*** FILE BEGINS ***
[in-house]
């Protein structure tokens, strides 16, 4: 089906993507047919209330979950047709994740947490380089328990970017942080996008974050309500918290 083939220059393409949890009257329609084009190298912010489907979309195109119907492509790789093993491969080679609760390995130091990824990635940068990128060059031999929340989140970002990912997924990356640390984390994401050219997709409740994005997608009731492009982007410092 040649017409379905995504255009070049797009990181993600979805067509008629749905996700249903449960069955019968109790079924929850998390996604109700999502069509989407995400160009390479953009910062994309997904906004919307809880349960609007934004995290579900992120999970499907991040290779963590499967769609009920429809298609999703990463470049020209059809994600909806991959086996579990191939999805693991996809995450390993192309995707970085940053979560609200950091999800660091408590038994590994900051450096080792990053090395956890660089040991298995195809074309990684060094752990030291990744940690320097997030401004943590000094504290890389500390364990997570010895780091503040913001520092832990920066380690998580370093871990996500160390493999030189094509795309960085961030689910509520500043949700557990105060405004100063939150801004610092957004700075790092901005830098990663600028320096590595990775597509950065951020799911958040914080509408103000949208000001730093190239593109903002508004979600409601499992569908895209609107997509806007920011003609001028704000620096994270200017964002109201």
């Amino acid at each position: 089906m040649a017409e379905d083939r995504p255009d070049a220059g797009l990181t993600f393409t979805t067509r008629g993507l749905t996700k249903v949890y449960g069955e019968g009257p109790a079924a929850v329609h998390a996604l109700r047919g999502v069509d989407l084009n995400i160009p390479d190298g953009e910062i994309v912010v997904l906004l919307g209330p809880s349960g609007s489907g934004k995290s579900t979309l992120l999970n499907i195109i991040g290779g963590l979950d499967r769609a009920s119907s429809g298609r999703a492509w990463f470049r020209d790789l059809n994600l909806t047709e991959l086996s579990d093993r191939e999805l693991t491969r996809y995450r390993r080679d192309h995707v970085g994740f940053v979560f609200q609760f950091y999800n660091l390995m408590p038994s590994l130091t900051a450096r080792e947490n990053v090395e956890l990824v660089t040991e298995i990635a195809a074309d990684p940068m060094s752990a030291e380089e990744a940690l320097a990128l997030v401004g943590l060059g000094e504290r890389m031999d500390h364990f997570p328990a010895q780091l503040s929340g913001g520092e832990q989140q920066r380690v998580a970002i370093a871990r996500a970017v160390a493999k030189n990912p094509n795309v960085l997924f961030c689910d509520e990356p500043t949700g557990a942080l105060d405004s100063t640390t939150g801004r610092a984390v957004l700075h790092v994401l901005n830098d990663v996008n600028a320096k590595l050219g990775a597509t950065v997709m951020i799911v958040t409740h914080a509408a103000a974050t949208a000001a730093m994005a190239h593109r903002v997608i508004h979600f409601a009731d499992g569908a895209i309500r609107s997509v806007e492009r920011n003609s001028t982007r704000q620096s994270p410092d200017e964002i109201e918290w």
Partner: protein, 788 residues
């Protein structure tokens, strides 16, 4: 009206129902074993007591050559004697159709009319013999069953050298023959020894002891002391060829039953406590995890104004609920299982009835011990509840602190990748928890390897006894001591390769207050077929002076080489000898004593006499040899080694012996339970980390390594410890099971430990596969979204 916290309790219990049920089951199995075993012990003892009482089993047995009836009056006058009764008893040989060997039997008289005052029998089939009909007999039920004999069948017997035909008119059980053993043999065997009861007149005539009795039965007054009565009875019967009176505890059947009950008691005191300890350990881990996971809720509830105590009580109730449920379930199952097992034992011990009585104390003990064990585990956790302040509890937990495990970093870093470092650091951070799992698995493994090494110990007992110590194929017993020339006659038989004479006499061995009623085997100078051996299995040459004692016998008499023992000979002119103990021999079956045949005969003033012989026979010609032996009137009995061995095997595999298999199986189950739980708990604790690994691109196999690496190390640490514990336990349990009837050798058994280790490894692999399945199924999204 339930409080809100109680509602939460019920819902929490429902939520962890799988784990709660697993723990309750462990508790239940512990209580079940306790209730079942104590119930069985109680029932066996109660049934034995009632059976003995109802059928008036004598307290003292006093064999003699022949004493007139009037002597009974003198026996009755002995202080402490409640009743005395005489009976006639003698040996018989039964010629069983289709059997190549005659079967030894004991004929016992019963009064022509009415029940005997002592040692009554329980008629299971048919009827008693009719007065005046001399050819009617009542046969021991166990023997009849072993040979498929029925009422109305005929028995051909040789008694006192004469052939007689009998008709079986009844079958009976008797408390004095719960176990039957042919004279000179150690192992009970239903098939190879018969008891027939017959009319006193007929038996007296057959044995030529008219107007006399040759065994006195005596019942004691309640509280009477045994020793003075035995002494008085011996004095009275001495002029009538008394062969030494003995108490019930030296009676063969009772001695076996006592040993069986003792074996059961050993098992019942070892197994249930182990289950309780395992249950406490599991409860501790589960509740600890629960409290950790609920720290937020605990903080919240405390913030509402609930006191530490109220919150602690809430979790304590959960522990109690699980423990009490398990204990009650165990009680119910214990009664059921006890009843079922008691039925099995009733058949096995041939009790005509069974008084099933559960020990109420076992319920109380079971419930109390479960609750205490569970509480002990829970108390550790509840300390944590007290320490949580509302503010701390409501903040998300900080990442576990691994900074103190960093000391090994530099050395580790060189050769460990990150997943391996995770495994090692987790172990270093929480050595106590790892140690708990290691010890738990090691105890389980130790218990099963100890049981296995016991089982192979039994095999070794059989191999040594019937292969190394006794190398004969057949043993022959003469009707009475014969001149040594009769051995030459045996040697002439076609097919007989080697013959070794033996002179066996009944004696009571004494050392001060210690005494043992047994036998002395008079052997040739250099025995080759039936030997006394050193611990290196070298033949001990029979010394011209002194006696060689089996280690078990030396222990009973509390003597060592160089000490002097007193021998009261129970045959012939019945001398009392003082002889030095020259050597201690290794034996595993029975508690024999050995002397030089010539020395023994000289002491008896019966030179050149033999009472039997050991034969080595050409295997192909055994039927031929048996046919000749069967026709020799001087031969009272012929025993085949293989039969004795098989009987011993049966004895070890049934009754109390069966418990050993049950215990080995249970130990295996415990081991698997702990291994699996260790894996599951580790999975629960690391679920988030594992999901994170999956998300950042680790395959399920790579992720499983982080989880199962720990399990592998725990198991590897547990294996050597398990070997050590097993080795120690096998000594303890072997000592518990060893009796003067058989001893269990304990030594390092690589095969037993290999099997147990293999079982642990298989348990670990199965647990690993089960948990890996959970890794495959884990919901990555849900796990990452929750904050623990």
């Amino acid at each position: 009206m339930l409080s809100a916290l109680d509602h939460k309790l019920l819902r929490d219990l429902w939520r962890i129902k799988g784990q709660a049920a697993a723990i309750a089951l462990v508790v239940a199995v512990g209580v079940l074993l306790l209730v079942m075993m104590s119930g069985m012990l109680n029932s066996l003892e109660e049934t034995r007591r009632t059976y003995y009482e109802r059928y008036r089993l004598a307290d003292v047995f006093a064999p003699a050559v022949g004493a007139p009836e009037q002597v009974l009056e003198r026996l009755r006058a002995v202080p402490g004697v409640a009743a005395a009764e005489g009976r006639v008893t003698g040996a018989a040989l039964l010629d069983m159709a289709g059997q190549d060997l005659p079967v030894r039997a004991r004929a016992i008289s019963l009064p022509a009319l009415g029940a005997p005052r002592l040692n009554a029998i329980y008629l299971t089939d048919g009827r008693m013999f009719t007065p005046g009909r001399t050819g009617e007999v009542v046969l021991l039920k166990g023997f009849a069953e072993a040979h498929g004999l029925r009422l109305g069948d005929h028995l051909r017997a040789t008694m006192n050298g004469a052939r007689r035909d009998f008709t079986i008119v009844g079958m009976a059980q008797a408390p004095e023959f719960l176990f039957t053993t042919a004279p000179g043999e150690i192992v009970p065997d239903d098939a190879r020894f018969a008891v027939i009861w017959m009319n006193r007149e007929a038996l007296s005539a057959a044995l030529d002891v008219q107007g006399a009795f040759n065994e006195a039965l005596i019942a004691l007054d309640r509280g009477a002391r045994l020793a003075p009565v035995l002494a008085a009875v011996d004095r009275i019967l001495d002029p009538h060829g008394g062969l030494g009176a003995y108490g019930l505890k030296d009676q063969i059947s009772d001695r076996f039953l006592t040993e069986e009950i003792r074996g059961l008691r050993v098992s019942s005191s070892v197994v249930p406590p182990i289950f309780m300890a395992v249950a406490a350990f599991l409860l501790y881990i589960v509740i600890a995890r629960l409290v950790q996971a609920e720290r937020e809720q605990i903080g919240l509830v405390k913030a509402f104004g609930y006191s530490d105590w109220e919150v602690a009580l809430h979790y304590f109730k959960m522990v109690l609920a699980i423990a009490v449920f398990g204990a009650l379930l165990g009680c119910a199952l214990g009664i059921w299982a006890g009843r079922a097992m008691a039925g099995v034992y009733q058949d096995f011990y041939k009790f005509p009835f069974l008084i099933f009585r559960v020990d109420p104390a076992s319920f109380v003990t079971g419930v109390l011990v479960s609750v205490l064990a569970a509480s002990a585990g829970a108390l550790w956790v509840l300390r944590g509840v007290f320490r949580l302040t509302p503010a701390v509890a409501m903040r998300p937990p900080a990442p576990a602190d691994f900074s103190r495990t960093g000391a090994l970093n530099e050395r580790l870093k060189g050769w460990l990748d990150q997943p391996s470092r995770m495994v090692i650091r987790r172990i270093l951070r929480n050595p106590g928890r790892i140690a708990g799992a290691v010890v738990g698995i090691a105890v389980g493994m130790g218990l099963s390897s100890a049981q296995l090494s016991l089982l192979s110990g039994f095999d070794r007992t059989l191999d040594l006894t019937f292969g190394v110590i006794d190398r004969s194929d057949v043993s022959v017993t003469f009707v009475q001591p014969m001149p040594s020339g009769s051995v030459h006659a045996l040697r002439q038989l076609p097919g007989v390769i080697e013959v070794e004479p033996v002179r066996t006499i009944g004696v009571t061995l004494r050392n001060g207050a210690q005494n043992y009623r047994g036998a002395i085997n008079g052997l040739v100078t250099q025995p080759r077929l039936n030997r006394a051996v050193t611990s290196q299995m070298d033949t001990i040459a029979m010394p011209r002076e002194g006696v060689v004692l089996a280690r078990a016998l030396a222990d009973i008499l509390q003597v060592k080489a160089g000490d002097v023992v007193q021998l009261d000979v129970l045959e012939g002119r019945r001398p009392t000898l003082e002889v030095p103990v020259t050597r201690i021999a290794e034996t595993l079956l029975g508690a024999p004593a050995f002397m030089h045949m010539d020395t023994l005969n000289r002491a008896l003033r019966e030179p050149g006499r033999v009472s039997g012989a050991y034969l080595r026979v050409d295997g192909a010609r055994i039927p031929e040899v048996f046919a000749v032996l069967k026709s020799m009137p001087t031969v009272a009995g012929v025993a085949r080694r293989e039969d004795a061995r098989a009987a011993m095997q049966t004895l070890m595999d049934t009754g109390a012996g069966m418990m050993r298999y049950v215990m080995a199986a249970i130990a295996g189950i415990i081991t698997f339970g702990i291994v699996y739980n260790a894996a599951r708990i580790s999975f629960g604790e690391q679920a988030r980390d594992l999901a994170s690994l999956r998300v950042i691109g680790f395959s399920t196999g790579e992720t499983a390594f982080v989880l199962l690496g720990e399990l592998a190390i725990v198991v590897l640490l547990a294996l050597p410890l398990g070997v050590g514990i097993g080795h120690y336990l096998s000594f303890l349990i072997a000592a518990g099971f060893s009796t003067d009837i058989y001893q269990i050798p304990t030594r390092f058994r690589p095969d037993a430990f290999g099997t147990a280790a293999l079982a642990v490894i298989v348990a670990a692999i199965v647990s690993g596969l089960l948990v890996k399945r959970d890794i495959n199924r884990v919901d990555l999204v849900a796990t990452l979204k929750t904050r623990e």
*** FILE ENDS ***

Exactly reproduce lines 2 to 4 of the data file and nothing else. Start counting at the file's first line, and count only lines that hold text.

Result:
């Protein structure tokens, strides 16, 4: 089906993507047919209330979950047709994740947490380089328990970017942080996008974050309500918290 083939220059393409949890009257329609084009190298912010489907979309195109119907492509790789093993491969080679609760390995130091990824990635940068990128060059031999929340989140970002990912997924990356640390984390994401050219997709409740994005997608009731492009982007410092 040649017409379905995504255009070049797009990181993600979805067509008629749905996700249903449960069955019968109790079924929850998390996604109700999502069509989407995400160009390479953009910062994309997904906004919307809880349960609007934004995290579900992120999970499907991040290779963590499967769609009920429809298609999703990463470049020209059809994600909806991959086996579990191939999805693991996809995450390993192309995707970085940053979560609200950091999800660091408590038994590994900051450096080792990053090395956890660089040991298995195809074309990684060094752990030291990744940690320097997030401004943590000094504290890389500390364990997570010895780091503040913001520092832990920066380690998580370093871990996500160390493999030189094509795309960085961030689910509520500043949700557990105060405004100063939150801004610092957004700075790092901005830098990663600028320096590595990775597509950065951020799911958040914080509408103000949208000001730093190239593109903002508004979600409601499992569908895209609107997509806007920011003609001028704000620096994270200017964002109201």
């Amino acid at each position: 089906m040649a017409e379905d083939r995504p255009d070049a220059g797009l990181t993600f393409t979805t067509r008629g993507l749905t996700k249903v949890y449960g069955e019968g009257p109790a079924a929850v329609h998390a996604l109700r047919g999502v069509d989407l084009n995400i160009p390479d190298g953009e910062i994309v912010v997904l906004l919307g209330p809880s349960g609007s489907g934004k995290s579900t979309l992120l999970n499907i195109i991040g290779g963590l979950d499967r769609a009920s119907s429809g298609r999703a492509w990463f470049r020209d790789l059809n994600l909806t047709e991959l086996s579990d093993r191939e999805l693991t491969r996809y995450r390993r080679d192309h995707v970085g994740f940053v979560f609200q609760f950091y999800n660091l390995m408590p038994s590994l130091t900051a450096r080792e947490n990053v090395e956890l990824v660089t040991e298995i990635a195809a074309d990684p940068m060094s752990a030291e380089e990744a940690l320097a990128l997030v401004g943590l060059g000094e504290r890389m031999d500390h364990f997570p328990a010895q780091l503040s929340g913001g520092e832990q989140q920066r380690v998580a970002i370093a871990r996500a970017v160390a493999k030189n990912p094509n795309v960085l997924f961030c689910d509520e990356p500043t949700g557990a942080l105060d405004s100063t640390t939150g801004r610092a984390v957004l700075h790092v994401l901005n830098d990663v996008n600028a320096k590595l050219g990775a597509t950065v997709m951020i799911v958040t409740h914080a509408a103000a974050t949208a000001a730093m994005a190239h593109r903002v997608i508004h979600f409601a009731d499992g569908a895209i309500r609107s997509v806007e492009r920011n003609s001028t982007r704000q620096s994270p410092d200017e964002i109201e918290w």
Partner: protein, 788 residues